Supports theoretically motivated research on governance-related attitudes, behavior and institutions in democratic and non-democratic settings, in areas such as preference formation and expression, voting and elections, and decision making and public policy.
The Accountable Institutions and Behavior (AIB) Program supports basic scientific research that advances knowledge and understanding of issues broadly related to attitudes, behavior, and institutions connected to public policy and the provision of public services. Research proposals are expected to be theoretically motivated, conceptually precise, methodologically rigorous, and empirically oriented. Substantive areas include (but are not limited to) the study of individual and group decision-making, political institutions (appointed or elected), attitude and preference formation and expression, electoral processes and voting, public administration, and public policy. This work can focus on a single case or can be done in a comparative context, either over time or cross-sectionally. The Program does not fund applied research. The Program also supports research experiences for undergraduate students and infrastructural activities, including methodological innovations. In addition, we encourage you to examine the websites for the National Science Foundation’s Law and Science (LS) and Security and Preparedness (SAP) programs.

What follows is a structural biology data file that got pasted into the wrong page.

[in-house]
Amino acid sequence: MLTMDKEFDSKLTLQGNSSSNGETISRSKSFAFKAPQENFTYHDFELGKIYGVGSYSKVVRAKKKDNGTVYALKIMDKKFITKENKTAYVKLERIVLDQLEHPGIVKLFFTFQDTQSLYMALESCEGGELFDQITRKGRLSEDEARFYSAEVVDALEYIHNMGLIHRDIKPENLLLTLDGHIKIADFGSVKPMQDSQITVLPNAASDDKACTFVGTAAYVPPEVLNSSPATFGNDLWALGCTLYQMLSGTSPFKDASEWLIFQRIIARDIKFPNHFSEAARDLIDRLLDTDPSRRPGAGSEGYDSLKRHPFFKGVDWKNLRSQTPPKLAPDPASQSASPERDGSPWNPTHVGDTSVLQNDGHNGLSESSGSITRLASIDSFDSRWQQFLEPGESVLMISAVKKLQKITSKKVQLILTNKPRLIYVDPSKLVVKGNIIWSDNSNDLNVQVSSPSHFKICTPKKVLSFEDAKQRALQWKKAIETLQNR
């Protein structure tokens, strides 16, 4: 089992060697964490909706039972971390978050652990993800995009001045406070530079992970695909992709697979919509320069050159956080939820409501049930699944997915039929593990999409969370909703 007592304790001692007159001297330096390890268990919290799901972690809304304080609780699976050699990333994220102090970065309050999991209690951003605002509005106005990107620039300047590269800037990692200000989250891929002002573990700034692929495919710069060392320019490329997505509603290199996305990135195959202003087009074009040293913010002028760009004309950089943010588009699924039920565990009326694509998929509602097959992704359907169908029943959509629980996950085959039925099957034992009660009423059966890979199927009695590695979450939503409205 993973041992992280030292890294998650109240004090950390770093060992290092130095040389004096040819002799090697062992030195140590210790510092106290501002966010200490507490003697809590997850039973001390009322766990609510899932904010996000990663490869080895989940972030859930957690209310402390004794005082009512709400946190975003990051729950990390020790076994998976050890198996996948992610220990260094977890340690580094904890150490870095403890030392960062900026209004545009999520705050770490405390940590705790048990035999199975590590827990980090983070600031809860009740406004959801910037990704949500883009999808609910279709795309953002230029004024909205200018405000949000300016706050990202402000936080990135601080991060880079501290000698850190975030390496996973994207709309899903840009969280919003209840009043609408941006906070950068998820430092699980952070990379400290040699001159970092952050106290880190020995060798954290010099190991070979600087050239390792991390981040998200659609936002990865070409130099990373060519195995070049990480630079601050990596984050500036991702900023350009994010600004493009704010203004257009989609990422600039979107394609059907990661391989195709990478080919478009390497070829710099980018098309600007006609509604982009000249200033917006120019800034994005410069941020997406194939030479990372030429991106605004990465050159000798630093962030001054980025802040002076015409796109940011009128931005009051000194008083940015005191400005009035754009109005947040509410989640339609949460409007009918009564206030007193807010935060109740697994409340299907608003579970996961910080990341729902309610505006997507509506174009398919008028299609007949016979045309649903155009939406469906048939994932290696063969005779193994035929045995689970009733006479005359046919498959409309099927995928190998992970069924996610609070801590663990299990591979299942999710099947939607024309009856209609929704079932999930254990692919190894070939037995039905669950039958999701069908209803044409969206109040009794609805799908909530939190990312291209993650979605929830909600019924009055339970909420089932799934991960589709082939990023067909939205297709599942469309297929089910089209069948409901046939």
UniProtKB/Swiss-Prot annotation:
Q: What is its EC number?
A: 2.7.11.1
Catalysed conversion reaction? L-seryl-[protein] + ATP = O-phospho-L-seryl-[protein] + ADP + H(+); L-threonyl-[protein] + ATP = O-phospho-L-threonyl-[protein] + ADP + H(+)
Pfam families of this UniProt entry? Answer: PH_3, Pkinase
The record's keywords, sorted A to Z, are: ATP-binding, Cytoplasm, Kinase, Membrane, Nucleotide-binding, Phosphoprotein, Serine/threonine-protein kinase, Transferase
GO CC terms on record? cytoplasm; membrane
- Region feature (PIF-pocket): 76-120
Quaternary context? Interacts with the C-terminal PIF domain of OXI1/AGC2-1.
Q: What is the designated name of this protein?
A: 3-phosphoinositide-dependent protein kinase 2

Brian CrispProgram Director
Lee D. WalkerProgram Director